said tapered wedge bearing outwardly against both said first and second sections.
8. A drill string stabilizer in accordance with claim 1, and including thrust means between said wear element and said stabilizer body.
9. A drill string stabilizer in accordance with claim 8, wherein said thrust means includes a radial projection underneath said wear element and an aligned receiving hole within the confines of said slot for accommodating said projection.
10. A drill string stabilizer in accordance with claim 1, and including
at least a second wear element fitting into each of said slots and conforming on the underneath side thereof, at least on one side, with the undercut portion thereof, said second wear element longitudinally abutting said first-named wear element, the underneath side of said second wear element also including a surface at an angle with the side of said slot having an undercut surface along at least a portion thereof, and
at least a second tapered wedge bearing against said angled surface of said second wear element for holding said element in said slot and fitting at least in part within the undercut surface of said angled surface and lying beneath the wear surface of said second wear element.
11. A drill string stabilizer in accordance with claim 10, and including
at least a third tapered wedge bearing against said angled surface of said first-named wear element longitudinally displaced from said first wedge for independent holding of separate portions of said first-named wear element within the slot and fitting at least in part within the undercut surface of said angled surface and lying beneath the wear surface of said first named wear element, and
at least a fourth tapered wedge bearing against said angled surface of said second wear element longitudinally displaced from said second wedge for independent holding of separate portions of said second wear element within the slot and fitting at least in part within the undercut surface of said angled surface and lying beneath the wear surface of said second wear element.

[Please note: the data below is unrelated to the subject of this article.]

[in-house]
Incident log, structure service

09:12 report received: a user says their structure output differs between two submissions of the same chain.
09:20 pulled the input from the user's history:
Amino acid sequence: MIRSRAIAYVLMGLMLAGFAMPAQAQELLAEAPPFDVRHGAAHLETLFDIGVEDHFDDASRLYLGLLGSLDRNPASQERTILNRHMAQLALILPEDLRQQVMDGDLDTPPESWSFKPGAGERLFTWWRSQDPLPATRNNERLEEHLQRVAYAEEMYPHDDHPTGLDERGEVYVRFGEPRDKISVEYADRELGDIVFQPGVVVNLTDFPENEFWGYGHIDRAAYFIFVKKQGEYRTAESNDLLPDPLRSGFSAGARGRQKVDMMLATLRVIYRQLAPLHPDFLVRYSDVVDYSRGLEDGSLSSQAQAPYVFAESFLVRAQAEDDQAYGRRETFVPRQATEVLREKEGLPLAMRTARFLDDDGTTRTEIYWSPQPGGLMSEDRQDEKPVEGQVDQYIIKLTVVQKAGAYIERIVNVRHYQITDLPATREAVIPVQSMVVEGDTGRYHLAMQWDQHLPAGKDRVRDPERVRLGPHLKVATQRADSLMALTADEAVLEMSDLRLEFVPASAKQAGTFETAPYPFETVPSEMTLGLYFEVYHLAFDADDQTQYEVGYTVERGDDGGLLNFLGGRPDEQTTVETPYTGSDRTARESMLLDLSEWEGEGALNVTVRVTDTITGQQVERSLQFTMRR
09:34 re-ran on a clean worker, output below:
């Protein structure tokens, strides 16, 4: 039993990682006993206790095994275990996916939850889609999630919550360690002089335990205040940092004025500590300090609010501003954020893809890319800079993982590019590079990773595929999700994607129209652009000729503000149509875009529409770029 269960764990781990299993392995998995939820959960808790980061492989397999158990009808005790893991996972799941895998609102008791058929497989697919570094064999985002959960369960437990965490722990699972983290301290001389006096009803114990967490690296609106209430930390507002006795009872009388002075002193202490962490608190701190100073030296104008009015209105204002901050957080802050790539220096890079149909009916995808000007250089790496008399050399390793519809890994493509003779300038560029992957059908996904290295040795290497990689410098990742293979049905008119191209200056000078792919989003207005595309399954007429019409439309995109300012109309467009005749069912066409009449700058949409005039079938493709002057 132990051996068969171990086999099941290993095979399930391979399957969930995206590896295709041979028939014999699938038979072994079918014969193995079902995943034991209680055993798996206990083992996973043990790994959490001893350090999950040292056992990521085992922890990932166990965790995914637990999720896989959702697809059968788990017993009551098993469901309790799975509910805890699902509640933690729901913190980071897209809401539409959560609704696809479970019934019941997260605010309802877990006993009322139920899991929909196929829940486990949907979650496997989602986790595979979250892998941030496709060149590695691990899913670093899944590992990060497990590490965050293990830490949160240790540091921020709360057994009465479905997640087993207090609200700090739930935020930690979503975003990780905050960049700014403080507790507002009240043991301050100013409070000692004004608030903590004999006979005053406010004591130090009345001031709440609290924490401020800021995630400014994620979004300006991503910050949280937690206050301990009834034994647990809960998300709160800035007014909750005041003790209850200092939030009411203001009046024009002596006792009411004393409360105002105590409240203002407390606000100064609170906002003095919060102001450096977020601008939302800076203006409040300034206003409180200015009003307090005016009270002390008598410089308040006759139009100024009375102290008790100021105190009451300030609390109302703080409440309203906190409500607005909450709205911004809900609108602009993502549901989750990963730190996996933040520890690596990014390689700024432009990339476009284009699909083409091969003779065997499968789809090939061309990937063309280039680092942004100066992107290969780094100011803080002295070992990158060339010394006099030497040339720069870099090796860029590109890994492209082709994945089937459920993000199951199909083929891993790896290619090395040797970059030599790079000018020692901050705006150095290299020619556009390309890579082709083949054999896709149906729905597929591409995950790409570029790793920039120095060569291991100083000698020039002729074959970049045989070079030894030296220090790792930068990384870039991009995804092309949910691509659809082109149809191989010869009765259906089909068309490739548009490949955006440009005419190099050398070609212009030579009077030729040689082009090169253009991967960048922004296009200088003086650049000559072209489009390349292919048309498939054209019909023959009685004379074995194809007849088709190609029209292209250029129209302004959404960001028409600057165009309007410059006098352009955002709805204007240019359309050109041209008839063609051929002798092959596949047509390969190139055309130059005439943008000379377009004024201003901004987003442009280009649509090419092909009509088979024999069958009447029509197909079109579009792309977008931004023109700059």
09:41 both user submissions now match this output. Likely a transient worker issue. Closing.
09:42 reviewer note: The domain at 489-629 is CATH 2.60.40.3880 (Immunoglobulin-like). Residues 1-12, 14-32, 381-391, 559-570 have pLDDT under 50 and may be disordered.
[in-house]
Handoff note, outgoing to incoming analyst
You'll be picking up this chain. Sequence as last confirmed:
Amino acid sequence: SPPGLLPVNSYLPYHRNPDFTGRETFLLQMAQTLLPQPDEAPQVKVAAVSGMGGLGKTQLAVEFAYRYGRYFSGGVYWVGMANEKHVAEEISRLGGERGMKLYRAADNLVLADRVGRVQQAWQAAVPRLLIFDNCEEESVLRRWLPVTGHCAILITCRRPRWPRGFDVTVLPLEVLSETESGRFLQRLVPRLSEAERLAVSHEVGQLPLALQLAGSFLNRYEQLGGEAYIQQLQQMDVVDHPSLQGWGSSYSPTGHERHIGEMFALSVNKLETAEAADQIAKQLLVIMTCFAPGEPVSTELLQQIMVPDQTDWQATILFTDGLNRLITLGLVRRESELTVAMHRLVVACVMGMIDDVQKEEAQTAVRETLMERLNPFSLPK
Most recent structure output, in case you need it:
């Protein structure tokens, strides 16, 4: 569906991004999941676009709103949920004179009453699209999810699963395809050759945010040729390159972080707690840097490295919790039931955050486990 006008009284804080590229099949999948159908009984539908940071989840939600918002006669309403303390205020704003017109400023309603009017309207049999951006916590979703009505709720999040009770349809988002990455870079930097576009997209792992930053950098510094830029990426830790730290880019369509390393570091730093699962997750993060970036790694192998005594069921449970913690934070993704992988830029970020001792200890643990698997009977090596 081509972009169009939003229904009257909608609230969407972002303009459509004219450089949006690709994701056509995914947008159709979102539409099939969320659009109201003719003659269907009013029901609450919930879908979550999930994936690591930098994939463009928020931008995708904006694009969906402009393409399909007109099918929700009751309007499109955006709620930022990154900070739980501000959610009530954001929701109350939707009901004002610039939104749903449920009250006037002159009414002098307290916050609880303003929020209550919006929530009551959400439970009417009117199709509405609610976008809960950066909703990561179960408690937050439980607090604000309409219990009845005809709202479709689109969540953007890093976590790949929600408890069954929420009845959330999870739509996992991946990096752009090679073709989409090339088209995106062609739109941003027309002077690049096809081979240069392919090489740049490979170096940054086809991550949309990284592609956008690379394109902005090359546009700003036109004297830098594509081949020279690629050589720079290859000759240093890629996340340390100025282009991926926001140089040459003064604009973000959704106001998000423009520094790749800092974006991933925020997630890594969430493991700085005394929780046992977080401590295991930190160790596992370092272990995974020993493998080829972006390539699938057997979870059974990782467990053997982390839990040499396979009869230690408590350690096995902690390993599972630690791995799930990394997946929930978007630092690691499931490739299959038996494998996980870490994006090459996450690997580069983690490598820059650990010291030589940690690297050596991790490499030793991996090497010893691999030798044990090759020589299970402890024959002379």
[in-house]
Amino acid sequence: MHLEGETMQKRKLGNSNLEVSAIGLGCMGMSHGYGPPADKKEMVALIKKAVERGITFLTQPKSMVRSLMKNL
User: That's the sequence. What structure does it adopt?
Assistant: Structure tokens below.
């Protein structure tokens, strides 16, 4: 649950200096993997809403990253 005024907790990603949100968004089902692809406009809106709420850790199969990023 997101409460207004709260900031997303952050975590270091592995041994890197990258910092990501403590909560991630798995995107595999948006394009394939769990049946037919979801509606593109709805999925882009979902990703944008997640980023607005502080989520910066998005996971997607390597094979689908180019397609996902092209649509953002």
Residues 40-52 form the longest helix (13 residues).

12. A drill string stabilizer in accordance with claim 1, wherein said slots are not parallel with the longitudinal axis of said stabilizer body.
13. A drill string stabilizer in accordance with claim 1, wherein said non-parallel angled surface is notched for receiving said tapered wedge.
14. A drill string stabilizer in accordance with claim 13, wherein said tapered wedge includes a surface conforming with the undercut portion of said slot opposite that to which the underneath side of said wear element conforms.
Description
BACKGROUND OF THE INVENTION

1. Field of the Invention

This invention pertains to that part of borehole drilling apparatus known as stabilizers and more specifically to a type of stabilizer which can be characterized as a removable, wedge-lock type stabilizer.

2. Description of the Prior Art

Stabilizers, sometimes referred to as drill collar stabilizers or as drill stem stabilizers, have been employed in earth boring operations for the petroleum industry to centralize the drill stem in the borehole, usually especially in the drill collar section at a distance of from 100 feet to 300 feet above the drill bit. The purposes of a stabilizer are to (1) help control hole angle direction, (2) prevent the bit from drifting laterally, which would result in undesirable dog-legs and ledges, and (3) improve bit performance by forcing the bit to centrally rotate about its axis so as to provide substantially equal force loading on all three drill bit cones. In addition, stabilizers also may be used to provide a reaming function for undersized or irregularly shaped boreholes provided the formation is not too hard. Rolling cutter reamers are employed to provide these functions for formations too hard to be thus treated by a stabilizer.

Stabilizers may be further categorized as rotating stabilizers and as non-rotating stabilizers. Non-rotating stabilizers do not rotate as the drill string is turned, its wall-contacting members merely moving longitudinally along the wall as the drill string is lowered and raised. On the other hand, a rotating stabilizer includes wall-contacting members that rotationally track along the wall of the borehole as the drill string is turned. In addition, rotating stabilizers can be further divided into fixed-contact and rolling contact types, which latter type would be functionally equivalent to a roller-reamer.

The contacting members of a fixed-contact type of stabilizer, which is the type of stabilizer described herein, are subjected to the various forces attendant to the entire drill string, the severest of which is often the longitudinal thrust force and the most constant and aggravating of which are the fretting forces. It should be noted that forces applied to the drill string are a result of the drill string manipulations, the conditions of the bore, and the fluid conditions internal and external to the drill string.